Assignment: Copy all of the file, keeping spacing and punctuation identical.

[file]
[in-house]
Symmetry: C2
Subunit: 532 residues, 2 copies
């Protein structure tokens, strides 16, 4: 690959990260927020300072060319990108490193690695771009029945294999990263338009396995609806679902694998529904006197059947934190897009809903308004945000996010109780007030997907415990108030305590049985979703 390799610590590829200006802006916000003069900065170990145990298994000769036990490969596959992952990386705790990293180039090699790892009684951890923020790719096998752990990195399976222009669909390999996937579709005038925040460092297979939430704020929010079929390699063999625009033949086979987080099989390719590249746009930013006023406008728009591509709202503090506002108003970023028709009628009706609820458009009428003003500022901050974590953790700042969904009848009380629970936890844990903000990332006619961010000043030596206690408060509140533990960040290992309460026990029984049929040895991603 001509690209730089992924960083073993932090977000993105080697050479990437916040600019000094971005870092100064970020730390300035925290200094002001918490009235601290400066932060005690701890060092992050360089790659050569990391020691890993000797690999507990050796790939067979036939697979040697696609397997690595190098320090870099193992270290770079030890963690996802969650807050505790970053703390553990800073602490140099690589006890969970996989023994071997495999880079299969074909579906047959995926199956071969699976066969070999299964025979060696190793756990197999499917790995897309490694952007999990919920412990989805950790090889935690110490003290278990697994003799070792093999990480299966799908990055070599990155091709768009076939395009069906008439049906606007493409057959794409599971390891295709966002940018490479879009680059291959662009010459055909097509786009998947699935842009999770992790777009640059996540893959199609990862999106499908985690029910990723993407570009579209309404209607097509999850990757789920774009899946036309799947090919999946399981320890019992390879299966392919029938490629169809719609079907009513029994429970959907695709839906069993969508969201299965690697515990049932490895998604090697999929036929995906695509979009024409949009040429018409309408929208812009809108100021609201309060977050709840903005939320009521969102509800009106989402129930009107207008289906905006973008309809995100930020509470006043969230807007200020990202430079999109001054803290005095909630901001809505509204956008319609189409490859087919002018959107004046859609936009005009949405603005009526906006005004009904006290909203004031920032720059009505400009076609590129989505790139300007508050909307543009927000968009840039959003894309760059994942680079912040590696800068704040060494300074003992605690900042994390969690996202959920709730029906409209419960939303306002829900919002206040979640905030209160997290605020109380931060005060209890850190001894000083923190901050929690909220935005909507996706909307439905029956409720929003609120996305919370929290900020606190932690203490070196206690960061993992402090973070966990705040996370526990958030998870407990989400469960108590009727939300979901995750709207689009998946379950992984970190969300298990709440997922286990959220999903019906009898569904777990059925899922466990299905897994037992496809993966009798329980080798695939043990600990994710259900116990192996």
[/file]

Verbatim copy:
[in-house]
Symmetry: C2
Subunit: 532 residues, 2 copies
């Protein structure tokens, strides 16, 4: 690959990260927020300072060319990108490193690695771009029945294999990263338009396995609806679902694998529904006197059947934190897009809903308004945000996010109780007030997907415990108030305590049985979703 390799610590590829200006802006916000003069900065170990145990298994000769036990490969596959992952990386705790990293180039090699790892009684951890923020790719096998752990990195399976222009669909390999996937579709005038925040460092297979939430704020929010079929390699063999625009033949086979987080099989390719590249746009930013006023406008728009591509709202503090506002108003970023028709009628009706609820458009009428003003500022901050974590953790700042969904009848009380629970936890844990903000990332006619961010000043030596206690408060509140533990960040290992309460026990029984049929040895991603 001509690209730089992924960083073993932090977000993105080697050479990437916040600019000094971005870092100064970020730390300035925290200094002001918490009235601290400066932060005690701890060092992050360089790659050569990391020691890993000797690999507990050796790939067979036939697979040697696609397997690595190098320090870099193992270290770079030890963690996802969650807050505790970053703390553990800073602490140099690589006890969970996989023994071997495999880079299969074909579906047959995926199956071969699976066969070999299964025979060696190793756990197999499917790995897309490694952007999990919920412990989805950790090889935690110490003290278990697994003799070792093999990480299966799908990055070599990155091709768009076939395009069906008439049906606007493409057959794409599971390891295709966002940018490479879009680059291959662009010459055909097509786009998947699935842009999770992790777009640059996540893959199609990862999106499908985690029910990723993407570009579209309404209607097509999850990757789920774009899946036309799947090919999946399981320890019992390879299966392919029938490629169809719609079907009513029994429970959907695709839906069993969508969201299965690697515990049932490895998604090697999929036929995906695509979009024409949009040429018409309408929208812009809108100021609201309060977050709840903005939320009521969102509800009106989402129930009107207008289906905006973008309809995100930020509470006043969230807007200020990202430079999109001054803290005095909630901001809505509204956008319609189409490859087919002018959107004046859609936009005009949405603005009526906006005004009904006290909203004031920032720059009505400009076609590129989505790139300007508050909307543009927000968009840039959003894309760059994942680079912040590696800068704040060494300074003992605690900042994390969690996202959920709730029906409209419960939303306002829900919002206040979640905030209160997290605020109380931060005060209890850190001894000083923190901050929690909220935005909507996706909307439905029956409720929003609120996305919370929290900020606190932690203490070196206690960061993992402090973070966990705040996370526990958030998870407990989400469960108590009727939300979901995750709207689009998946379950992984970190969300298990709440997922286990959220999903019906009898569904777990059925899922466990299905897994037992496809993966009798329980080798695939043990600990994710259900116990192996």